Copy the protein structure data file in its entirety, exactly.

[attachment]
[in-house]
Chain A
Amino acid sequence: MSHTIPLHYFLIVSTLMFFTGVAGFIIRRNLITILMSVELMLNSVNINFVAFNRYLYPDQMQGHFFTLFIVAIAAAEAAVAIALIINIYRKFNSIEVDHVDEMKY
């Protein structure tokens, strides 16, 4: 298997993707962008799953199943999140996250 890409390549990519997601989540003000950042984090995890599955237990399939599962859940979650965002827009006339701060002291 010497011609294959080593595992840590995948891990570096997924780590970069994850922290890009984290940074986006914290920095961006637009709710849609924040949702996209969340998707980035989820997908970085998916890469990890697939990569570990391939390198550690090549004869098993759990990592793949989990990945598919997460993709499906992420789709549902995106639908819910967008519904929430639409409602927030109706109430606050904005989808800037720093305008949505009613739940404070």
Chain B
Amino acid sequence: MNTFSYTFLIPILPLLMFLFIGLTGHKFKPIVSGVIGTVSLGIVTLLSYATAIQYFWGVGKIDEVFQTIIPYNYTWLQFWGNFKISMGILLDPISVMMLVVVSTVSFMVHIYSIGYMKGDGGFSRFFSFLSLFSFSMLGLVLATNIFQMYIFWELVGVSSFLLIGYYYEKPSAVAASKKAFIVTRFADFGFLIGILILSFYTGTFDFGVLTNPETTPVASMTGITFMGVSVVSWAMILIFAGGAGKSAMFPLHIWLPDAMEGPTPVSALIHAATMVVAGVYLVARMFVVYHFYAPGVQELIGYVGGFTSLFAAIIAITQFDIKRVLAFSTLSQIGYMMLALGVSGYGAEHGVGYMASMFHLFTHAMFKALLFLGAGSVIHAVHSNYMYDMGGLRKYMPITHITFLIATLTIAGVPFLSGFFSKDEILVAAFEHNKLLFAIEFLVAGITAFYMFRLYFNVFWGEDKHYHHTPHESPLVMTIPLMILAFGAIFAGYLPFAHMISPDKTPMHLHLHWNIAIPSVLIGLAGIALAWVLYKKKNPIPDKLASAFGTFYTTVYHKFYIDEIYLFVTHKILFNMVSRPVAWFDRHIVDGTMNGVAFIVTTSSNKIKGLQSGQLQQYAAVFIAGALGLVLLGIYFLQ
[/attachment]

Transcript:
[in-house]
Chain A
Amino acid sequence: MSHTIPLHYFLIVSTLMFFTGVAGFIIRRNLITILMSVELMLNSVNINFVAFNRYLYPDQMQGHFFTLFIVAIAAAEAAVAIALIINIYRKFNSIEVDHVDEMKY
């Protein structure tokens, strides 16, 4: 298997993707962008799953199943999140996250 890409390549990519997601989540003000950042984090995890599955237990399939599962859940979650965002827009006339701060002291 010497011609294959080593595992840590995948891990570096997924780590970069994850922290890009984290940074986006914290920095961006637009709710849609924040949702996209969340998707980035989820997908970085998916890469990890697939990569570990391939390198550690090549004869098993759990990592793949989990990945598919997460993709499906992420789709549902995106639908819910967008519904929430639409409602927030109706109430606050904005989808800037720093305008949505009613739940404070």
Chain B
Amino acid sequence: MNTFSYTFLIPILPLLMFLFIGLTGHKFKPIVSGVIGTVSLGIVTLLSYATAIQYFWGVGKIDEVFQTIIPYNYTWLQFWGNFKISMGILLDPISVMMLVVVSTVSFMVHIYSIGYMKGDGGFSRFFSFLSLFSFSMLGLVLATNIFQMYIFWELVGVSSFLLIGYYYEKPSAVAASKKAFIVTRFADFGFLIGILILSFYTGTFDFGVLTNPETTPVASMTGITFMGVSVVSWAMILIFAGGAGKSAMFPLHIWLPDAMEGPTPVSALIHAATMVVAGVYLVARMFVVYHFYAPGVQELIGYVGGFTSLFAAIIAITQFDIKRVLAFSTLSQIGYMMLALGVSGYGAEHGVGYMASMFHLFTHAMFKALLFLGAGSVIHAVHSNYMYDMGGLRKYMPITHITFLIATLTIAGVPFLSGFFSKDEILVAAFEHNKLLFAIEFLVAGITAFYMFRLYFNVFWGEDKHYHHTPHESPLVMTIPLMILAFGAIFAGYLPFAHMISPDKTPMHLHLHWNIAIPSVLIGLAGIALAWVLYKKKNPIPDKLASAFGTFYTTVYHKFYIDEIYLFVTHKILFNMVSRPVAWFDRHIVDGTMNGVAFIVTTSSNKIKGLQSGQLQQYAAVFIAGALGLVLLGIYFLQ